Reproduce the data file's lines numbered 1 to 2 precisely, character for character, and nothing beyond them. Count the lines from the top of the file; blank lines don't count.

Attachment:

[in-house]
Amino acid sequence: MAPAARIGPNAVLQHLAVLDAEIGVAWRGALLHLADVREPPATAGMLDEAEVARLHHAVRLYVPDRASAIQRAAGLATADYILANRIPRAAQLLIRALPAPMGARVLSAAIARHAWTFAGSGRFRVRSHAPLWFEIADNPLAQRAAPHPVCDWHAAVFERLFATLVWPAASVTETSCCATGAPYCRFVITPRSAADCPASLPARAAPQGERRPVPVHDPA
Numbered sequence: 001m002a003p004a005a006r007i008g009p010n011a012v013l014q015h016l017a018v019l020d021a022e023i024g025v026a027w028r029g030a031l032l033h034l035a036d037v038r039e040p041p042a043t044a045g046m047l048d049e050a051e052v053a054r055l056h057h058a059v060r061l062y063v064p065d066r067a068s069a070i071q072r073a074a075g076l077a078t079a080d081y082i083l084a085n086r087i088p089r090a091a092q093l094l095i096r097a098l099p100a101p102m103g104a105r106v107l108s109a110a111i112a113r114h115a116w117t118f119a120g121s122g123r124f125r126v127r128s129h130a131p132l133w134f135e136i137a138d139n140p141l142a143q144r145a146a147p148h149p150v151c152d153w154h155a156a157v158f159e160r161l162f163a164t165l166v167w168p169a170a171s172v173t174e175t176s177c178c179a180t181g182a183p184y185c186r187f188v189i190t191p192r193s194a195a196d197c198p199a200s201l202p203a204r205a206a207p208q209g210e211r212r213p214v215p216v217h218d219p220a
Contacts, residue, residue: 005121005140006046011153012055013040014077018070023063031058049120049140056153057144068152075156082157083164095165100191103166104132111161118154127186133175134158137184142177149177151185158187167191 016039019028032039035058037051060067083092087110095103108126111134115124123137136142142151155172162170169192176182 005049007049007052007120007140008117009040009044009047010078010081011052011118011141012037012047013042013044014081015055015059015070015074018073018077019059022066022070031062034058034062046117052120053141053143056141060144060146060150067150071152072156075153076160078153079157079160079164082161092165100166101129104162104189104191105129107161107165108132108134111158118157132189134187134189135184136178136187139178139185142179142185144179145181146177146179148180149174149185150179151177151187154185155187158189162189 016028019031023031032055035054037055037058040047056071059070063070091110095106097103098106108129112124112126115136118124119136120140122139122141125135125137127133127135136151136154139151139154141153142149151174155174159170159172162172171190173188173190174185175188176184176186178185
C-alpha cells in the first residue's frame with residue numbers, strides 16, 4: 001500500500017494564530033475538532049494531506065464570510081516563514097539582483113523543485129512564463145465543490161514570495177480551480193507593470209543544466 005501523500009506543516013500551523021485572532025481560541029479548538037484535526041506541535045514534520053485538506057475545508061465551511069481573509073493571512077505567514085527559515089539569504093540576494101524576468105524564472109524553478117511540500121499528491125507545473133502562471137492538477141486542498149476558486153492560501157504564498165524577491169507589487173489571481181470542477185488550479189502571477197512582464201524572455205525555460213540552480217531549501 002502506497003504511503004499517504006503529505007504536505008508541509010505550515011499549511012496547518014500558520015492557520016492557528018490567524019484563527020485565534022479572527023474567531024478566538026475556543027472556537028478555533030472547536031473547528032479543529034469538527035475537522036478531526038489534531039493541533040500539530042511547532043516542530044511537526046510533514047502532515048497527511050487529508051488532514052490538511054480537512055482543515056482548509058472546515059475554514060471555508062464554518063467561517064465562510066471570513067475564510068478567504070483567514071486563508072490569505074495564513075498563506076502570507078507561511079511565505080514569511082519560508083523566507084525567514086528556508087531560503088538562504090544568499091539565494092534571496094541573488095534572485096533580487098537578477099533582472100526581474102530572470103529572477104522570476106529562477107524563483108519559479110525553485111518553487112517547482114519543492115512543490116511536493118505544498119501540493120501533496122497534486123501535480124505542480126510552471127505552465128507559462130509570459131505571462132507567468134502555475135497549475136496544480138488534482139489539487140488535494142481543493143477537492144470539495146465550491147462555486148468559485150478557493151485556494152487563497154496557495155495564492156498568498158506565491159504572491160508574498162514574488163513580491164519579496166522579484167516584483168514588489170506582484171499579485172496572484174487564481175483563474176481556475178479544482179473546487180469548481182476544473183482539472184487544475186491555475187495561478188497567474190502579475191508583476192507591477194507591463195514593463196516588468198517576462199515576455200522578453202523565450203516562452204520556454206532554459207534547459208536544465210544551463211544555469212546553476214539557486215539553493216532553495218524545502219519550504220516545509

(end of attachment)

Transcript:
[in-house]
Amino acid sequence: MAPAARIGPNAVLQHLAVLDAEIGVAWRGALLHLADVREPPATAGMLDEAEVARLHHAVRLYVPDRASAIQRAAGLATADYILANRIPRAAQLLIRALPAPMGARVLSAAIARHAWTFAGSGRFRVRSHAPLWFEIADNPLAQRAAPHPVCDWHAAVFERLFATLVWPAASVTETSCCATGAPYCRFVITPRSAADCPASLPARAAPQGERRPVPVHDPA